A Look in the Mirror

the light within and without.jpg

Recently, I’ve been wearing a lot less makeup to my photo shoots.

Don’t get me wrong: it’s still some. The camera doesn’t see the world as it is, and I need to compensate for that. Nor do I have a moral stance against makeup. Part of my motivation is that, now that I’m only shooting part-time, I can experiment. Makeup is one of my tools of expression: it helps me create an image. I want to know what I can make with more of it, and with less, now that my livelihood doesn’t depend on me presenting a consistent image.

But why the interest in changing that image in the first place?

Nude modeling has been one of the most positive forces in my life. It has taught me to love my body as it is. It has taught me not to just accept my physical imperfections, but to value them. And it’s given me a space to create art with my body in a non-sexualized way.

So you can imagine my surprise when I looked in the mirror and noticed that I didn’t recognize my own face.

I started thinking about it, and I realized this has been going on for quite a while. I don’t remember the first time I looked at my reflection or a candid snapshot or a selfie and didn’t get a thrill of recognition, but it’s pretty constant now. I wouldn’t know myself if we met on the street.

It’s not just the face in the mirror. It’s my modeling images too—or should I say, especially.  Let me tell you a little secret: no model looks like their images. And it’s not just the makeup. Or Photoshop. Or lighting—although certainly all those things contribute.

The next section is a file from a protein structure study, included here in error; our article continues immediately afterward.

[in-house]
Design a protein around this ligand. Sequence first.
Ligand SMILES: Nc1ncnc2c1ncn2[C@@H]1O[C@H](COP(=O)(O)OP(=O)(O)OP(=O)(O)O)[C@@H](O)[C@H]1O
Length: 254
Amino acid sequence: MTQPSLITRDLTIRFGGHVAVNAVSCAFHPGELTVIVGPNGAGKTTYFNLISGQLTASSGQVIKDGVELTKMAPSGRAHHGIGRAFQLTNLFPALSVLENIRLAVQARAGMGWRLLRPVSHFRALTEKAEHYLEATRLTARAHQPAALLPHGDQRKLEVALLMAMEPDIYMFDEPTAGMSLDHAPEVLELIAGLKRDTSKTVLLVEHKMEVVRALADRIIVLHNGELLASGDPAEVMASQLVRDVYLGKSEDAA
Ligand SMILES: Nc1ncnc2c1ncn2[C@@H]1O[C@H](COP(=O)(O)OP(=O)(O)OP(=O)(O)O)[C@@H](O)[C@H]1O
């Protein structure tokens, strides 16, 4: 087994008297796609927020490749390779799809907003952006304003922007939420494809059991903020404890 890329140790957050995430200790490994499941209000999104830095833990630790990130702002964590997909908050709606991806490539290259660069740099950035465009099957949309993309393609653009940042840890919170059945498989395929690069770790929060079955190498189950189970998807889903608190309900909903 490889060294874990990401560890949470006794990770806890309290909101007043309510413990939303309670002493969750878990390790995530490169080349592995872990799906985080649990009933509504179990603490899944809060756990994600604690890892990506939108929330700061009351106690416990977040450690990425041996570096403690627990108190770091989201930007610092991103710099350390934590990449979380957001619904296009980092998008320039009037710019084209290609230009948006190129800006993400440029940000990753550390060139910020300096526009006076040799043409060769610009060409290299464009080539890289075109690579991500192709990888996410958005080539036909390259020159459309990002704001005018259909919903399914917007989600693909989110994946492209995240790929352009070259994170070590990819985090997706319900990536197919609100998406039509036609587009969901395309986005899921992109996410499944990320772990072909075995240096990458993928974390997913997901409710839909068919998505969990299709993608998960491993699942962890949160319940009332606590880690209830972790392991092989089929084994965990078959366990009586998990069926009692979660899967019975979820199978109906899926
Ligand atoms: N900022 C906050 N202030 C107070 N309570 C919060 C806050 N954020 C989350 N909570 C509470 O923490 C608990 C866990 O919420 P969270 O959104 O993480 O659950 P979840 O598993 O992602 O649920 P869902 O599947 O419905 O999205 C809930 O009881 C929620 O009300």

I’ve said it before, but I will say it again (and again and again): posing is a skill set. And that skill set includes the expressions a model uses, or the angle of face and body we choose to present to the camera. I sometimes jokingly refer to myself as a “professional pretty person,” but I don’t mean that I’m naturally gorgeous all the time. Quite the opposite, in fact. Models are artists, and it is our job to create moments of beauty. These moments are so perfect and fragile that they can’t exist in anything but the time it takes for a camera’s shutter to click—and are often only visible from that one angle. Just like any piece of art, these moments aren’t natural or real.

All we models have to create these moments is ourselves—our faces and our bodies—and some basic tools like hair, makeup, lighting, and post-processing. It’s actually pretty cool. But it also means that, to be successful at this creation, I’ve had to develop a repertoire. When I walk into a studio, I’m not Kat. I’m Katja. And Katja has a completely different set of mannerisms and postures than Kat. Katja holds herself differently, from the way that she angles her hips to the way that she cranes her neck. And she also has different emotions and expressions. They are not inherently better or worse than Kat’s, but they are inherently more photogenic.

All this leads to images where I don’t always recognize myself in the finished product. Yes it’s my face, but at such a strange angle. And that’s an expression I would never use—I rarely smolder in real life. Or look wide-eyed and innocent, for that matter. As any of my friends or lovers could tell you, I suck at playing innocent.